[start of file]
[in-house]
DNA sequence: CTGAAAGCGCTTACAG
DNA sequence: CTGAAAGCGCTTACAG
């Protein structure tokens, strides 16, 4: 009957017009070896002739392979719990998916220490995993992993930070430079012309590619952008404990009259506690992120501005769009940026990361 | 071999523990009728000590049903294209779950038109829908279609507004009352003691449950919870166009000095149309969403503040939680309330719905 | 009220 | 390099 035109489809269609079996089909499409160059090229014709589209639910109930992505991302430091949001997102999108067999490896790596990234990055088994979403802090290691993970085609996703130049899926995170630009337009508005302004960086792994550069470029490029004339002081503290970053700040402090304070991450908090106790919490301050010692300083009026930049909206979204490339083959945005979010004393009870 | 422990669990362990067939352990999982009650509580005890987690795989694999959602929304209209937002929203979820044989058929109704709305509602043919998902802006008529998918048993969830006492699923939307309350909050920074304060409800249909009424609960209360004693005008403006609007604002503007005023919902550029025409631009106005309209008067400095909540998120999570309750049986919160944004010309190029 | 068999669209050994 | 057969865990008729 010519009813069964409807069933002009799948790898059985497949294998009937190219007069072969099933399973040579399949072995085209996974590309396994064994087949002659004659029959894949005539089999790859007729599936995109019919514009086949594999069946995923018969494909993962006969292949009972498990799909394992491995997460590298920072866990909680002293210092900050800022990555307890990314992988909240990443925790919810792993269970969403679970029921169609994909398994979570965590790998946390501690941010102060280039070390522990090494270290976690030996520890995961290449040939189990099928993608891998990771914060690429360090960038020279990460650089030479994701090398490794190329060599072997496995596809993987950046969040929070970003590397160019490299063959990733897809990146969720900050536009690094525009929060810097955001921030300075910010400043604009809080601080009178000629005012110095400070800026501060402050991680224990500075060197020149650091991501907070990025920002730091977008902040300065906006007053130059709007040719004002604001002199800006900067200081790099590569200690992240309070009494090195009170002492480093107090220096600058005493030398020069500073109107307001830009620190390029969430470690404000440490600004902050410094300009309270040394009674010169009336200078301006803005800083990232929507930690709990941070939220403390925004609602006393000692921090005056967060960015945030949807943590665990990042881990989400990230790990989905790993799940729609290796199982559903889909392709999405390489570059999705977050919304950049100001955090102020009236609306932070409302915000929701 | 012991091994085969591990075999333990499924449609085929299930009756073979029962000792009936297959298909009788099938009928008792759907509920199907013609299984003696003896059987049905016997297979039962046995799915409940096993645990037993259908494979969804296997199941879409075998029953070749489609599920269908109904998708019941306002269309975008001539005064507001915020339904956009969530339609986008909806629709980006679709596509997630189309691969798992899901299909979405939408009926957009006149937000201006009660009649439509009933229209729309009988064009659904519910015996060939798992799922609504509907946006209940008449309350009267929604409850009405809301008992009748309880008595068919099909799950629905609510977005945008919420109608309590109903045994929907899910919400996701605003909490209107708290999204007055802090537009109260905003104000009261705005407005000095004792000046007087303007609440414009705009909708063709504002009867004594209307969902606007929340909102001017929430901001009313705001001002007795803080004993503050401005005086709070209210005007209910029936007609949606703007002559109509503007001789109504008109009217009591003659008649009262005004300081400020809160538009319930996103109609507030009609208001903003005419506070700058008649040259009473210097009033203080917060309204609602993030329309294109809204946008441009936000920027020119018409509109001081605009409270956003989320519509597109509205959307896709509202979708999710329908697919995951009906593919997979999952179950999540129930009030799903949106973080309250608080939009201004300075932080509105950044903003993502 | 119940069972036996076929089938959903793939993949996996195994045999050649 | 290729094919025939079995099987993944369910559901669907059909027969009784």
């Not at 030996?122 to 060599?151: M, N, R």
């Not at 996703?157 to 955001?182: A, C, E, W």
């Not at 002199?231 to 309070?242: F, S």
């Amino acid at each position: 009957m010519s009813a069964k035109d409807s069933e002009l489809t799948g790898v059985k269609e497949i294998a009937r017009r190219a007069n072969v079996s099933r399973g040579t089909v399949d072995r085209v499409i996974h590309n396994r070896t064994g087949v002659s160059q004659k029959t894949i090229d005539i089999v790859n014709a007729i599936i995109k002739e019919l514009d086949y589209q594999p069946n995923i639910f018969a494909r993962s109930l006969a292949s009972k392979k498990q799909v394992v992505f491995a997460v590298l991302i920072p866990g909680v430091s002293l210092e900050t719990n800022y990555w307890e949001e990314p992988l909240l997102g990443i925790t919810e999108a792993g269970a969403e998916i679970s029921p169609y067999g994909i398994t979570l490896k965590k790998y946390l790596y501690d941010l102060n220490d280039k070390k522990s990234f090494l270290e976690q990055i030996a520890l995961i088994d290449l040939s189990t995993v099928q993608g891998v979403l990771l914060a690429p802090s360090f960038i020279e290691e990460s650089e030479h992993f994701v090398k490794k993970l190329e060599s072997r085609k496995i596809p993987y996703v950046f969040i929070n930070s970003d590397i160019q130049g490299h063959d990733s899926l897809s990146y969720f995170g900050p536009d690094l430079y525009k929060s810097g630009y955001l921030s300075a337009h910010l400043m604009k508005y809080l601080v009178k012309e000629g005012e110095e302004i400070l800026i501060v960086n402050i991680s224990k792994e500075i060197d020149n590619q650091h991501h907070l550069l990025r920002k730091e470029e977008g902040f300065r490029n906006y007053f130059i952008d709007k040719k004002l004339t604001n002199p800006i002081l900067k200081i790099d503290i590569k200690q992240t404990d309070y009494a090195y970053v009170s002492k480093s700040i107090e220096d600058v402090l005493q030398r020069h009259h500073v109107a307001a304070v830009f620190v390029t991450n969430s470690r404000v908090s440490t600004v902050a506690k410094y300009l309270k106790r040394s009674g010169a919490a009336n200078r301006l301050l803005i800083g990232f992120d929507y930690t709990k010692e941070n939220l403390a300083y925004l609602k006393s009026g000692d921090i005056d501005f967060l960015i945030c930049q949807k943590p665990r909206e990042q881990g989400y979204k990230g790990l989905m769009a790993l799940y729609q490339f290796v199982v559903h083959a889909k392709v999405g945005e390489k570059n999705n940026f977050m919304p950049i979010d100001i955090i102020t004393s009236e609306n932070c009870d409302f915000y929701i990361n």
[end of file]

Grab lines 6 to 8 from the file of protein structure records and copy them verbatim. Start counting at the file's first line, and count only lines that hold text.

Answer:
């Not at 996703?157 to 955001?182: A, C, E, W």
């Not at 002199?231 to 309070?242: F, S």
């Amino acid at each position: 009957m010519s009813a069964k035109d409807s069933e002009l489809t799948g790898v059985k269609e497949i294998a009937r017009r190219a007069n072969v079996s099933r399973g040579t089909v399949d072995r085209v499409i996974h590309n396994r070896t064994g087949v002659s160059q004659k029959t894949i090229d005539i089999v790859n014709a007729i599936i995109k002739e019919l514009d086949y589209q594999p069946n995923i639910f018969a494909r993962s109930l006969a292949s009972k392979k498990q799909v394992v992505f491995a997460v590298l991302i920072p866990g909680v430091s002293l210092e900050t719990n800022y990555w307890e949001e990314p992988l909240l997102g990443i925790t919810e999108a792993g269970a969403e998916i679970s029921p169609y067999g994909i398994t979570l490896k965590k790998y946390l790596y501690d941010l102060n220490d280039k070390k522990s990234f090494l270290e976690q990055i030996a520890l995961i088994d290449l040939s189990t995993v099928q993608g891998v979403l990771l914060a690429p802090s360090f960038i020279e290691e990460s650089e030479h992993f994701v090398k490794k993970l190329e060599s072997r085609k496995i596809p993987y996703v950046f969040i929070n930070s970003d590397i160019q130049g490299h063959d990733s899926l897809s990146y969720f995170g900050p536009d690094l430079y525009k929060s810097g630009y955001l921030s300075a337009h910010l400043m604009k508005y809080l601080v009178k012309e000629g005012e110095e302004i400070l800026i501060v960086n402050i991680s224990k792994e500075i060197d020149n590619q650091h991501h907070l550069l990025r920002k730091e470029e977008g902040f300065r490029n906006y007053f130059i952008d709007k040719k004002l004339t604001n002199p800006i002081l900067k200081i790099d503290i590569k200690q992240t404990d309070y009494a090195y970053v009170s002492k480093s700040i107090e220096d600058v402090l005493q030398r020069h009259h500073v109107a307001a304070v830009f620190v390029t991450n969430s470690r404000v908090s440490t600004v902050a506690k410094y300009l309270k106790r040394s009674g010169a919490a009336n200078r301006l301050l803005i800083g990232f992120d929507y930690t709990k010692e941070n939220l403390a300083y925004l609602k006393s009026g000692d921090i005056d501005f967060l960015i945030c930049q949807k943590p665990r909206e990042q881990g989400y979204k990230g790990l989905m769009a790993l799940y729609q490339f290796v199982v559903h083959a889909k392709v999405g945005e390489k570059n999705n940026f977050m919304p950049i979010d100001i955090i102020t004393s009236e609306n932070c009870d409302f915000y929701i990361n």